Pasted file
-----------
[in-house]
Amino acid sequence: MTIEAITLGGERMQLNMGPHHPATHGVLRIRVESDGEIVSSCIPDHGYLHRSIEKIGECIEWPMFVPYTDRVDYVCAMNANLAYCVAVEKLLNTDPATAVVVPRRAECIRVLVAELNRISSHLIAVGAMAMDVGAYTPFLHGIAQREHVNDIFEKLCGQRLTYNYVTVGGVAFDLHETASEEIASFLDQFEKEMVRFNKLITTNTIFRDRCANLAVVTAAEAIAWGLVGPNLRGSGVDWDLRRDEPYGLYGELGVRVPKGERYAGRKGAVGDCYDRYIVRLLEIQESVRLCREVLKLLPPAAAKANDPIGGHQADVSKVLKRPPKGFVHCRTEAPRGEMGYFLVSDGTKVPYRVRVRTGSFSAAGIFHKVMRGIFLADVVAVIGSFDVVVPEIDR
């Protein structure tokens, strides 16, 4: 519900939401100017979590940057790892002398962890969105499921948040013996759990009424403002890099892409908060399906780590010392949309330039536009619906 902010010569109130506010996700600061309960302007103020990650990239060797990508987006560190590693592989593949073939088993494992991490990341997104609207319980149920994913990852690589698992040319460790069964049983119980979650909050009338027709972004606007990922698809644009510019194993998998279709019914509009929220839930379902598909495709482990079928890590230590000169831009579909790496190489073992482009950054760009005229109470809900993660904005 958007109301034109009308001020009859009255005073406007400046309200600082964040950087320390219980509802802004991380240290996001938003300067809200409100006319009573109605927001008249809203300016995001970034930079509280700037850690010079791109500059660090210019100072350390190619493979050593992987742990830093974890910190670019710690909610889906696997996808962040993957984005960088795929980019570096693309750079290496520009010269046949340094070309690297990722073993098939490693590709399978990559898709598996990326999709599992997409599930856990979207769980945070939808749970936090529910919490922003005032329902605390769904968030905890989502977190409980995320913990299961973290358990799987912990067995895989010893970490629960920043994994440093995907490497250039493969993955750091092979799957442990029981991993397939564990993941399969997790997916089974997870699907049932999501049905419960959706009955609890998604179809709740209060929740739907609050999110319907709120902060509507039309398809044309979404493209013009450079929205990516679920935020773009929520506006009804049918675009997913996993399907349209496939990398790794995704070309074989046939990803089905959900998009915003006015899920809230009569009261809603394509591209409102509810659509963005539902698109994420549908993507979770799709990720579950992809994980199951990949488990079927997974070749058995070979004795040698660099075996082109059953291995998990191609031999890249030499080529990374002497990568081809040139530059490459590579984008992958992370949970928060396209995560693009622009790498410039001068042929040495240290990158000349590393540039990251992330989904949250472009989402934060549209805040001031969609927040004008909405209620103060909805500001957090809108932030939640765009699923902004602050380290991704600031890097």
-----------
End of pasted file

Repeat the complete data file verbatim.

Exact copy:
[in-house]
Amino acid sequence: MTIEAITLGGERMQLNMGPHHPATHGVLRIRVESDGEIVSSCIPDHGYLHRSIEKIGECIEWPMFVPYTDRVDYVCAMNANLAYCVAVEKLLNTDPATAVVVPRRAECIRVLVAELNRISSHLIAVGAMAMDVGAYTPFLHGIAQREHVNDIFEKLCGQRLTYNYVTVGGVAFDLHETASEEIASFLDQFEKEMVRFNKLITTNTIFRDRCANLAVVTAAEAIAWGLVGPNLRGSGVDWDLRRDEPYGLYGELGVRVPKGERYAGRKGAVGDCYDRYIVRLLEIQESVRLCREVLKLLPPAAAKANDPIGGHQADVSKVLKRPPKGFVHCRTEAPRGEMGYFLVSDGTKVPYRVRVRTGSFSAAGIFHKVMRGIFLADVVAVIGSFDVVVPEIDR
């Protein structure tokens, strides 16, 4: 519900939401100017979590940057790892002398962890969105499921948040013996759990009424403002890099892409908060399906780590010392949309330039536009619906 902010010569109130506010996700600061309960302007103020990650990239060797990508987006560190590693592989593949073939088993494992991490990341997104609207319980149920994913990852690589698992040319460790069964049983119980979650909050009338027709972004606007990922698809644009510019194993998998279709019914509009929220839930379902598909495709482990079928890590230590000169831009579909790496190489073992482009950054760009005229109470809900993660904005 958007109301034109009308001020009859009255005073406007400046309200600082964040950087320390219980509802802004991380240290996001938003300067809200409100006319009573109605927001008249809203300016995001970034930079509280700037850690010079791109500059660090210019100072350390190619493979050593992987742990830093974890910190670019710690909610889906696997996808962040993957984005960088795929980019570096693309750079290496520009010269046949340094070309690297990722073993098939490693590709399978990559898709598996990326999709599992997409599930856990979207769980945070939808749970936090529910919490922003005032329902605390769904968030905890989502977190409980995320913990299961973290358990799987912990067995895989010893970490629960920043994994440093995907490497250039493969993955750091092979799957442990029981991993397939564990993941399969997790997916089974997870699907049932999501049905419960959706009955609890998604179809709740209060929740739907609050999110319907709120902060509507039309398809044309979404493209013009450079929205990516679920935020773009929520506006009804049918675009997913996993399907349209496939990398790794995704070309074989046939990803089905959900998009915003006015899920809230009569009261809603394509591209409102509810659509963005539902698109994420549908993507979770799709990720579950992809994980199951990949488990079927997974070749058995070979004795040698660099075996082109059953291995998990191609031999890249030499080529990374002497990568081809040139530059490459590579984008992958992370949970928060396209995560693009622009790498410039001068042929040495240290990158000349590393540039990251992330989904949250472009989402934060549209805040001031969609927040004008909405209620103060909805500001957090809108932030939640765009699923902004602050380290991704600031890097």